- A way of powering one of the Piksis through it's USB cable. It does not need to be attached to a computer - it can be standalone and can be powered by any device that provides power on a USB connector, e.g. a USB AC adaptor or a battery with USB output.
- A ROS computer attached to the other Piksi with this package and associated software installed.
The swiftnav_piksi package is supported on ROS indigo and jade. Currently, you must build it from source, and also build a supporting non-ROS library: libsbp, from source.
Build And Install libsbp
The following steps build and install libsbp, which is needed to support the swiftnav_piksi package. Clone libsbp into a local directory, and build and install it. Comments follow a # below - they explain the step; do not type them. Caution: do not build libsbp in your catkin workspace - it is not "catkinized".
cd mysrc # cd to a directory where you will download and build libsbp git clone https://github.com/PaulBouchier/libsbp cd libsbp/c mkdir build cd build cmake ../ make sudo make install # install headers and libraries into /usr/local
Build and Install the swiftnav_piksi driver
The following steps build and install this package into your catkin workspace.
cd catkin_ws/src # your catkin workspace git clone https://github.com/PaulBouchier/swiftnav_piksi.git cd .. catkin_make
Build and Install the Piksi Console
The Piksi console is an important utility for verifying correct operation of Piksi, and for monitoring it. To run on Ubuntu, it must be built from source. Follow these instructions to build and install the Piksi Console.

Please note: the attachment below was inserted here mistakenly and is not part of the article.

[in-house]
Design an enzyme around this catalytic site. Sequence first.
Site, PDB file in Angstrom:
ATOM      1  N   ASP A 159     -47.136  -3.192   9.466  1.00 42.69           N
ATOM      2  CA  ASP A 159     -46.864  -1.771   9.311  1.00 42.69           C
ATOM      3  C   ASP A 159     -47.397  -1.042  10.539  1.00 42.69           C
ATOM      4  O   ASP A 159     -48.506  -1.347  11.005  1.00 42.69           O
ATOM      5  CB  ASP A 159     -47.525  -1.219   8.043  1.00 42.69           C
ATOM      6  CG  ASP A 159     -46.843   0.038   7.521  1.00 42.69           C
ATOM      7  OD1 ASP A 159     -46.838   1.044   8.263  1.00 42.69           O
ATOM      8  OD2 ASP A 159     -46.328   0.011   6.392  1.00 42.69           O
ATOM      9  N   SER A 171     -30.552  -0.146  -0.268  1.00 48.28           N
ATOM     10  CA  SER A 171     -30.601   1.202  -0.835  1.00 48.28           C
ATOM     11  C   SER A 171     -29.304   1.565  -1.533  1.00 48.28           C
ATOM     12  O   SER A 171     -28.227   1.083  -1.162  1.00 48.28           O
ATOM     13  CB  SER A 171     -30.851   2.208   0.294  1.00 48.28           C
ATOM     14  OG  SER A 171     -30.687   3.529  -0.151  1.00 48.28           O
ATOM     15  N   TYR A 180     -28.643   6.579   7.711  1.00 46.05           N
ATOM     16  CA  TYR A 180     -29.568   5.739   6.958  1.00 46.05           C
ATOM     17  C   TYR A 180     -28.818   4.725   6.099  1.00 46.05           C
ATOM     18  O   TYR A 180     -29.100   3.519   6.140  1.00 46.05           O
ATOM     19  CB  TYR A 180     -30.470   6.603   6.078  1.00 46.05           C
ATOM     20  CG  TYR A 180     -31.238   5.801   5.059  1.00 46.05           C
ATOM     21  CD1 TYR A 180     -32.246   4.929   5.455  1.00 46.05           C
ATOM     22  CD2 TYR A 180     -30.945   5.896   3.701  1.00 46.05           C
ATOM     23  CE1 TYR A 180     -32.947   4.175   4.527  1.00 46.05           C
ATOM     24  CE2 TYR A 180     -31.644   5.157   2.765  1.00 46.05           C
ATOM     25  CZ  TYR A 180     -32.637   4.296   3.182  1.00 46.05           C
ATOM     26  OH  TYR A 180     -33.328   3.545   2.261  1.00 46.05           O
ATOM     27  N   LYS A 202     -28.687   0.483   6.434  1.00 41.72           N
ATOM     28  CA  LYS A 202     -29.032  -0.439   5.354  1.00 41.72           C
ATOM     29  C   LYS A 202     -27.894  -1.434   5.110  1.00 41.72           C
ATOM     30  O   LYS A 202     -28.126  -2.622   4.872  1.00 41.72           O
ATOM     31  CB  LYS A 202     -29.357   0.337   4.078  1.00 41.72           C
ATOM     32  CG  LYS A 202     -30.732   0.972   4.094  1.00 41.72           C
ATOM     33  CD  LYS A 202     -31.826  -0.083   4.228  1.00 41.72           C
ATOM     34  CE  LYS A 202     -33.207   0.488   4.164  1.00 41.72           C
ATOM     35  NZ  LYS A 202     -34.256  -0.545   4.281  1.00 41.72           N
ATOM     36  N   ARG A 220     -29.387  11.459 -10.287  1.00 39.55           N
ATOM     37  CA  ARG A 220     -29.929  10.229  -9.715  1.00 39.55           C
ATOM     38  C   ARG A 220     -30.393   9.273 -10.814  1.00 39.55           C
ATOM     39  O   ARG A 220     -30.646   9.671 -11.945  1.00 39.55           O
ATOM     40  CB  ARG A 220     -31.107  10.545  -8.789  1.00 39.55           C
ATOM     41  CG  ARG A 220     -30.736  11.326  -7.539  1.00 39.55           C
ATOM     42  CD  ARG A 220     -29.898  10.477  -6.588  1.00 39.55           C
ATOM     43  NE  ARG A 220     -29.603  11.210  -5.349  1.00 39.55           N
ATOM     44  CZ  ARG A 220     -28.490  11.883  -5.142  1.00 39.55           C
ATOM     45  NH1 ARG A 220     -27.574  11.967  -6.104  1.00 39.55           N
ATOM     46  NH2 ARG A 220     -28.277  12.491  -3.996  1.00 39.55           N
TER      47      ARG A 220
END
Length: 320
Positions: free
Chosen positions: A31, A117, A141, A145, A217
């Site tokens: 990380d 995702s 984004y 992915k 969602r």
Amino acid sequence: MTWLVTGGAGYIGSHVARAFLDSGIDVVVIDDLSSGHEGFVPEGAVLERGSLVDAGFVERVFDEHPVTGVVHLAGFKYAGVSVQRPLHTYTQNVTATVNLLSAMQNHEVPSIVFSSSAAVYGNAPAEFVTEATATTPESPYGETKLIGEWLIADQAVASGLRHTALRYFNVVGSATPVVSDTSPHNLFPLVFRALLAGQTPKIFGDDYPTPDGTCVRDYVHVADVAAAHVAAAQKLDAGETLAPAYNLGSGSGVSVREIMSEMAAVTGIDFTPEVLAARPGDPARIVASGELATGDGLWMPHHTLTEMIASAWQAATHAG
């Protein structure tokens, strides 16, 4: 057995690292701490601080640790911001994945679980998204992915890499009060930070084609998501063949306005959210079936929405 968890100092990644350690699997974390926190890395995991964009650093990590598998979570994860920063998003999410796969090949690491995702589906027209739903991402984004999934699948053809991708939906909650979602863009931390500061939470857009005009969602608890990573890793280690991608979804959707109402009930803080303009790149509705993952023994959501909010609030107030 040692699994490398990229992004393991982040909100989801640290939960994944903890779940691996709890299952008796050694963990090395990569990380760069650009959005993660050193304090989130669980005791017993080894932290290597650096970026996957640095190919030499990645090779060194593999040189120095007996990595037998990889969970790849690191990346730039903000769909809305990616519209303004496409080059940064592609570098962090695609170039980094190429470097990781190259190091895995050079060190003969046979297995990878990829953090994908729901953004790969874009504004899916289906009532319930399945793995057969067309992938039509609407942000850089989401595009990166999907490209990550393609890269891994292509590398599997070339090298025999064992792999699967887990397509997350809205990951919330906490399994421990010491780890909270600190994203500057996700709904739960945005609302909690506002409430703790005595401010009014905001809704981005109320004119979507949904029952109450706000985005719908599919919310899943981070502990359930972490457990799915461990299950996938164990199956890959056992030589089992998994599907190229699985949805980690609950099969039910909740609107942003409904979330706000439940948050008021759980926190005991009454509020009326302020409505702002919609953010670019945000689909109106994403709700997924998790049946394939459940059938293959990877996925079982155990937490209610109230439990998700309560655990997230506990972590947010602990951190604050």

Running Piksi with ROS
Follow the steps in the Piksi User Getting Started guide. After doing so, you will know how to use the Piksi Console to run Piksi in simulation mode (can be done indoors) and also how to make it report the rtk position of the rover relative to the base station (must be done outdoors).
Simulation Mode with rviz
You can do this test indoors.
Start simulation mode
With a Piksi connected to your ROS computer, start piksi_console and put the Piksi into simulation mode. Observe the simulated vehicle path on the baseline tab as shown below.
Start the ROS Driver & Diagnostics
Exit from piksi_console and launch the swift_nav piksi demo script. The demo script launches both the driver, which publishes data from Piksi, and also a diagnotic monitor.
Note: the Piksi is assumed to be at /dev/ttyUSB0. If the Piksi serial port is different, edit the port parameter in swiftnav_piksi/launch/swiftnav_piksi.launch.
roslaunch swiftnav_piksi swiftnav_piksi.launch
In a different window, start rqt_robot_monitor which displays status of the Piksi interface. Observe the rqt_robot_monitor window, which should show OK status for GPS.
rosrun rqt_robot_monitor rqt_robot_monitor
Expand GPS and double-click piksi_rtk_diag:Piksi Status. You should see GPS RTK meters north and east varying as the simulated vehicle travels in a circle.
View simulated path in rviz